Lleu returns home, challenges and defeats Gronw, and Blodeuwedd ends up changed into

an owl, flying off into the forest. Some stories say that Lleu turns Blodeuwedd into an owl for her treachery, others say that it’s Gwydion that changes her. Still others say that Blodeuwedd changes herself into the Owl. Either way, Blodeuwedd goes from a flower, fertility goddess of the Spring/Summer, to a goddess of death and omens of the Autumn/Winter. In Welsh, the name Blodeuwedd literally means flower face, which is the word for owl. She is not one or the other, she is both and was always meant to be both. (Again, when you “create” someone out of flowers, using the spirit of death, what do you expect?)

So yes…not exactly a pleasant tale. Blodeuwedd has been represented by some as the ultimate victim. In her novelization of the Mabinogion, Evangeline Walton goes as far as to blame Her for the existence of rape! So, my student saw only what she perceived as treachery and subjugation.

What is so easy to forget, especially when reading this story through the translations of Christian monks, is that Blodeuwedd is not just some woman, she is a Goddess.

Blodeuwedd makes her own choices, with a full understanding of what she is setting in motion. She is the Goddess who moves the wheel of the year and it is through her actions and choices that this cycle continues.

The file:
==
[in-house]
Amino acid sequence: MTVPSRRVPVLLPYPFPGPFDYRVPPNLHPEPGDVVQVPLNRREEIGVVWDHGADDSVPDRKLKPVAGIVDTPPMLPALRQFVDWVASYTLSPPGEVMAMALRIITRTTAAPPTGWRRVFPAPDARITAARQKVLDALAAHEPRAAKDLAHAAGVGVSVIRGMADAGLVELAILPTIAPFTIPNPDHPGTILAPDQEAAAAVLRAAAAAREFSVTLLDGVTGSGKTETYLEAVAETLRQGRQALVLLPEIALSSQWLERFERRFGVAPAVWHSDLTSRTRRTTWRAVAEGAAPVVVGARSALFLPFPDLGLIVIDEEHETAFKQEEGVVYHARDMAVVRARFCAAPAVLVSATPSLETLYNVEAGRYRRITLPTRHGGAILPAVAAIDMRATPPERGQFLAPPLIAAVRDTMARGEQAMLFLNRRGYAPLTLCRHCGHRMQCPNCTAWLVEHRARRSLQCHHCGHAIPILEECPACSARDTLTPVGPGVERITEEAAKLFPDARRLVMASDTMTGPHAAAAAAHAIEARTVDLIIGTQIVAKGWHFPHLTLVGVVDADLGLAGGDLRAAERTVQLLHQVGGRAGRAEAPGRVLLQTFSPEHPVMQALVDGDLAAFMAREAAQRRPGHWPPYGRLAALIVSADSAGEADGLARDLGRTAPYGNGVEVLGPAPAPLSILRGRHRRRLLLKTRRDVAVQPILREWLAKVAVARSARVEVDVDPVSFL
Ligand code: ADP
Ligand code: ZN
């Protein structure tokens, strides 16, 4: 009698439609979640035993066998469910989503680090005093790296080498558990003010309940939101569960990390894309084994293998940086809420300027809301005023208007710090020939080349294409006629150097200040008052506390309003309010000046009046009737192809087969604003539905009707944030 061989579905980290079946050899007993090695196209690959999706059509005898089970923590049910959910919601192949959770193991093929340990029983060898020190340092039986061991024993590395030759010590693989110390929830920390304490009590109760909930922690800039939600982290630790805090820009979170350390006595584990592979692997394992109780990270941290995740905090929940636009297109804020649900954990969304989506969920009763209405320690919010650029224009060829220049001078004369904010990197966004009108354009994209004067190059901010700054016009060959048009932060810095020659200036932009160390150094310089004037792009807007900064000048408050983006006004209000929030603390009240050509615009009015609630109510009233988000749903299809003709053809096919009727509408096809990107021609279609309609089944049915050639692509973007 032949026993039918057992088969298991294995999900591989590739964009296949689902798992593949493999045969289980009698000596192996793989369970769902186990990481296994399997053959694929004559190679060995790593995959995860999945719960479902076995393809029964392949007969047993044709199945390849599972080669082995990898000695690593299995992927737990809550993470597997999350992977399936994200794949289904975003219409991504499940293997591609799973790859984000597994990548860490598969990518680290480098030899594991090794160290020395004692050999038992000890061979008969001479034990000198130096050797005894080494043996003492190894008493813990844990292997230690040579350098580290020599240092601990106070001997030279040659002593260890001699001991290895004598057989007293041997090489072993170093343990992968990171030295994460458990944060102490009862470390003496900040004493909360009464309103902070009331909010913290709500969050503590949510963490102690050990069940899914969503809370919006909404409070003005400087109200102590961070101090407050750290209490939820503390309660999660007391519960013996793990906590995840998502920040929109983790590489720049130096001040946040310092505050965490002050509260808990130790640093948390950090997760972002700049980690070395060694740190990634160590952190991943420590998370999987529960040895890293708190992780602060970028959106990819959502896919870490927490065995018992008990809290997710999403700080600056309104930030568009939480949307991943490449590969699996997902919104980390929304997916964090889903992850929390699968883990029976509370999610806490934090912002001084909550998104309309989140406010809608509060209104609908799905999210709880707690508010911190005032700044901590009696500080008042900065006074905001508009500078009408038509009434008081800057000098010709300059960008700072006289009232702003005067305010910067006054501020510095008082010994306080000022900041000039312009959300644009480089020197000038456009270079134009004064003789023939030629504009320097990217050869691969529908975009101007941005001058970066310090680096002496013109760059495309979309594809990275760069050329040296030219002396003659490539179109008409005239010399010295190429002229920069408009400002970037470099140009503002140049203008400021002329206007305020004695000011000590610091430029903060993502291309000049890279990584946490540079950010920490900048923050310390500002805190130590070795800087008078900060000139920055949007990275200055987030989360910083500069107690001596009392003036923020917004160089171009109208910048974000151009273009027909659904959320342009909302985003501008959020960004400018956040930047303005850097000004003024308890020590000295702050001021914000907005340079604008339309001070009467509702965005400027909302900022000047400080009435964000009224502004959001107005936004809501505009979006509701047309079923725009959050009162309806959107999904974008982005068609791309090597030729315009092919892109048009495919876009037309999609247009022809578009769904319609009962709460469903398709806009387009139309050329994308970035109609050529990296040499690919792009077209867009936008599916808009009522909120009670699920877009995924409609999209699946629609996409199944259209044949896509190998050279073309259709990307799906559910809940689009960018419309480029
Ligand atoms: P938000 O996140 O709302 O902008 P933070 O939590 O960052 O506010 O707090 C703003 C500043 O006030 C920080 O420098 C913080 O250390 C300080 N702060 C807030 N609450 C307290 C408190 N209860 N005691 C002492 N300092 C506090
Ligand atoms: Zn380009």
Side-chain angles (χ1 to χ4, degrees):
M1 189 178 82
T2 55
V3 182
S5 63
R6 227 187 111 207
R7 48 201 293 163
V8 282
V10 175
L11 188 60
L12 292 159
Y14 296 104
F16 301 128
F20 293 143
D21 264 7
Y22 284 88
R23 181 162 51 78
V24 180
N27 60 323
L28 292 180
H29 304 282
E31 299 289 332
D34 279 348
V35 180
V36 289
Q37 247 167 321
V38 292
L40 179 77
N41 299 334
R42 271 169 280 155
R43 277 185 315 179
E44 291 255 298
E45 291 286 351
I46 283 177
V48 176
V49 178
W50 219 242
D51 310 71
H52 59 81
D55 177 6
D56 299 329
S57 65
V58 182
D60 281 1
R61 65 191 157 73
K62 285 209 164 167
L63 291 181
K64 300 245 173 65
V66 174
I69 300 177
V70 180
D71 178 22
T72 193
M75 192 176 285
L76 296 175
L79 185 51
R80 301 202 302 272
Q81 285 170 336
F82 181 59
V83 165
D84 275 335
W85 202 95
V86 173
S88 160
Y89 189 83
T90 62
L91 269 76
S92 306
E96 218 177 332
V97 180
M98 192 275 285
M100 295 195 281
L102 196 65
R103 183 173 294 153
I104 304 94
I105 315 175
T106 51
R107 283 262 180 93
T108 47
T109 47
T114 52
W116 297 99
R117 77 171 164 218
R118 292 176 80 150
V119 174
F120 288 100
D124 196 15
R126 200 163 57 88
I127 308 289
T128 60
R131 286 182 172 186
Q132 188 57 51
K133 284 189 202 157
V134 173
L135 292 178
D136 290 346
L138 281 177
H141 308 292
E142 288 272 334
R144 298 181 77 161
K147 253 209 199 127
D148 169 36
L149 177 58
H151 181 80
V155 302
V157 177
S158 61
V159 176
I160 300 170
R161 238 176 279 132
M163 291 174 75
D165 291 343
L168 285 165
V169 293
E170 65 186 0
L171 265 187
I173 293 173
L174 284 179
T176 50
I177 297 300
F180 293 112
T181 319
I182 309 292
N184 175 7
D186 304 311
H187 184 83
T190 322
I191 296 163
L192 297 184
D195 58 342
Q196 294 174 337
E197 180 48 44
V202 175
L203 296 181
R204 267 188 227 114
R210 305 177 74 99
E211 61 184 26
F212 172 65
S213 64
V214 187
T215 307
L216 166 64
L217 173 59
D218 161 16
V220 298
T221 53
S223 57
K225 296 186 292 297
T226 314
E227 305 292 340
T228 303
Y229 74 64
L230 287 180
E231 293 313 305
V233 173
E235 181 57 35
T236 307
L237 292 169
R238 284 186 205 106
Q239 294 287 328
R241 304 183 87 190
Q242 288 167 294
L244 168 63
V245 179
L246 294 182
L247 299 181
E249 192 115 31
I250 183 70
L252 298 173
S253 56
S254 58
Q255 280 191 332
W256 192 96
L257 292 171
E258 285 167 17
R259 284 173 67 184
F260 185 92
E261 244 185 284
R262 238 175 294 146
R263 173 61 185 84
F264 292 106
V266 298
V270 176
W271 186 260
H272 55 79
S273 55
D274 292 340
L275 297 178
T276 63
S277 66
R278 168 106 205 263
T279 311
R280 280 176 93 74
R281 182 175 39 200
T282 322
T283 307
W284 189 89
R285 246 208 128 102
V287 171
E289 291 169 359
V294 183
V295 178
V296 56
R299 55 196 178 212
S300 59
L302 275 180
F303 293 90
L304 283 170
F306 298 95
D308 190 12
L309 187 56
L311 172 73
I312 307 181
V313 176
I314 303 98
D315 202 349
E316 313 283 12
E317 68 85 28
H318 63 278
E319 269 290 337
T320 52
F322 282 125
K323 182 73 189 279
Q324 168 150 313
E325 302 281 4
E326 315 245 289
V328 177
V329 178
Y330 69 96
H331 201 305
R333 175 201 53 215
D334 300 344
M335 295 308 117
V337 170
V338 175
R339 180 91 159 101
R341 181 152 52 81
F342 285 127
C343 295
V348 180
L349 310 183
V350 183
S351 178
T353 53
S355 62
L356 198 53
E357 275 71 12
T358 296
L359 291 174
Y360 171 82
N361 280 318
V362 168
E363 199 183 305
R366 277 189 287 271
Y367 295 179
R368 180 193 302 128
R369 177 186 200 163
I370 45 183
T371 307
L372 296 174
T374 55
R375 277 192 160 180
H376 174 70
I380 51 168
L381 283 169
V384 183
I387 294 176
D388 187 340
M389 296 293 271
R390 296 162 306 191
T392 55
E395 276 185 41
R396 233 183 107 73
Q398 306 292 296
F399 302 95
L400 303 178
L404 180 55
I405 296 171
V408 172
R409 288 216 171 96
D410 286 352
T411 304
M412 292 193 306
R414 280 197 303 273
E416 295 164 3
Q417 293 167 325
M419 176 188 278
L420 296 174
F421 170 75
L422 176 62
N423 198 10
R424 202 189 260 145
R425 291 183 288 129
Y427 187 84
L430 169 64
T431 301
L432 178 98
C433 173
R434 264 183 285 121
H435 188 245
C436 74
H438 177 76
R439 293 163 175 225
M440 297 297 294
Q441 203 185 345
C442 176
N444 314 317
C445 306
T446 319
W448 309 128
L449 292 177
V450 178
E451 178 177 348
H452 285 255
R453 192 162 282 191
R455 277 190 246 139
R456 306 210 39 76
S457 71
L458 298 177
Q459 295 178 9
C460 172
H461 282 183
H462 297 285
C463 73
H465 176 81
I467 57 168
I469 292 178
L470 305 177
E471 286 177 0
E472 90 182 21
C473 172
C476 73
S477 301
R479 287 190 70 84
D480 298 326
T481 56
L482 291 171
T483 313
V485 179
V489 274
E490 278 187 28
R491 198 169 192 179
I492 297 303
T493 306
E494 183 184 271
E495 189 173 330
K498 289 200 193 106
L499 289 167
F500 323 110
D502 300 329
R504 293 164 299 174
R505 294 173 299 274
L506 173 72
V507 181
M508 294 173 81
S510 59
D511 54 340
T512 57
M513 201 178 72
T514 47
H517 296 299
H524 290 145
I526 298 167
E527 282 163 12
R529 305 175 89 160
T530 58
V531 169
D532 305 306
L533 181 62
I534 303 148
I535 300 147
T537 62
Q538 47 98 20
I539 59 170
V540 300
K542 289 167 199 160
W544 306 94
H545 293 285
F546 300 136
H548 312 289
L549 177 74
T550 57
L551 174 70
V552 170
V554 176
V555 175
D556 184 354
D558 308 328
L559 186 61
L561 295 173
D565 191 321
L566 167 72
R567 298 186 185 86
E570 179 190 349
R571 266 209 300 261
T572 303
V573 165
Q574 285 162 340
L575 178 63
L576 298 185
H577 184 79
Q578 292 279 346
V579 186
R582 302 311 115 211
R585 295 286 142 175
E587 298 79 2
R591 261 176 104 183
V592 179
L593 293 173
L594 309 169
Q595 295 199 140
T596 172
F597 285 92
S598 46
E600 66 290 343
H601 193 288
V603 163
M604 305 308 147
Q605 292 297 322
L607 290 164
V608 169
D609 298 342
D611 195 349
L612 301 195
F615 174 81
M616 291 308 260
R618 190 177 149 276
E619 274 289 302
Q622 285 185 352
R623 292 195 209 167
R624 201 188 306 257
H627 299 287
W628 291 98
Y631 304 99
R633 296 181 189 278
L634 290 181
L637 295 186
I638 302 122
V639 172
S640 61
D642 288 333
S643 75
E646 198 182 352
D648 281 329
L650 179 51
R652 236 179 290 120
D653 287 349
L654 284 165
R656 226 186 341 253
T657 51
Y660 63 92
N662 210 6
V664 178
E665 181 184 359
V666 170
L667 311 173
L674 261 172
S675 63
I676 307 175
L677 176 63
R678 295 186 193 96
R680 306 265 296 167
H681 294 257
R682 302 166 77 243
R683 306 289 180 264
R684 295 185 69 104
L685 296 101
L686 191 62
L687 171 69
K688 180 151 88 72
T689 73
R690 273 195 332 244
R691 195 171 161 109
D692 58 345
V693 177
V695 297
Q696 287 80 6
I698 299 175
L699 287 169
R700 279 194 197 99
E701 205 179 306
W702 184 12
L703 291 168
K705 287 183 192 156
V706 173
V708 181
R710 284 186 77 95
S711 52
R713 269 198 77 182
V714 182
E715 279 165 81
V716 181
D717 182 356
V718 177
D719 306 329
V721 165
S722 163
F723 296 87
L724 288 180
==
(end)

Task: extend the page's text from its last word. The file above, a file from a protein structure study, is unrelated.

When looked at objectively, this is an allegory for the agricultural cycle. Blodeuwedd spends time journeying back and fourth between the Upperworld and the Underworld. Lleu is the young sun god that blesses the fields. Gronw is the old stag of winter. The young god and the old god must fight it out every year, the young god dying at Litha, the old god winning at Yule. We see this throughout most European mythology.

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The Forming of Blodeuwedd by my SO

It is so easy to try to make Blodeuwedd into nothing more than a victim and to refuse to allow her agency over her own story. She is trapped between all of these men and her choice of Gronw is nothing but a selfish betrayal of her “husband.”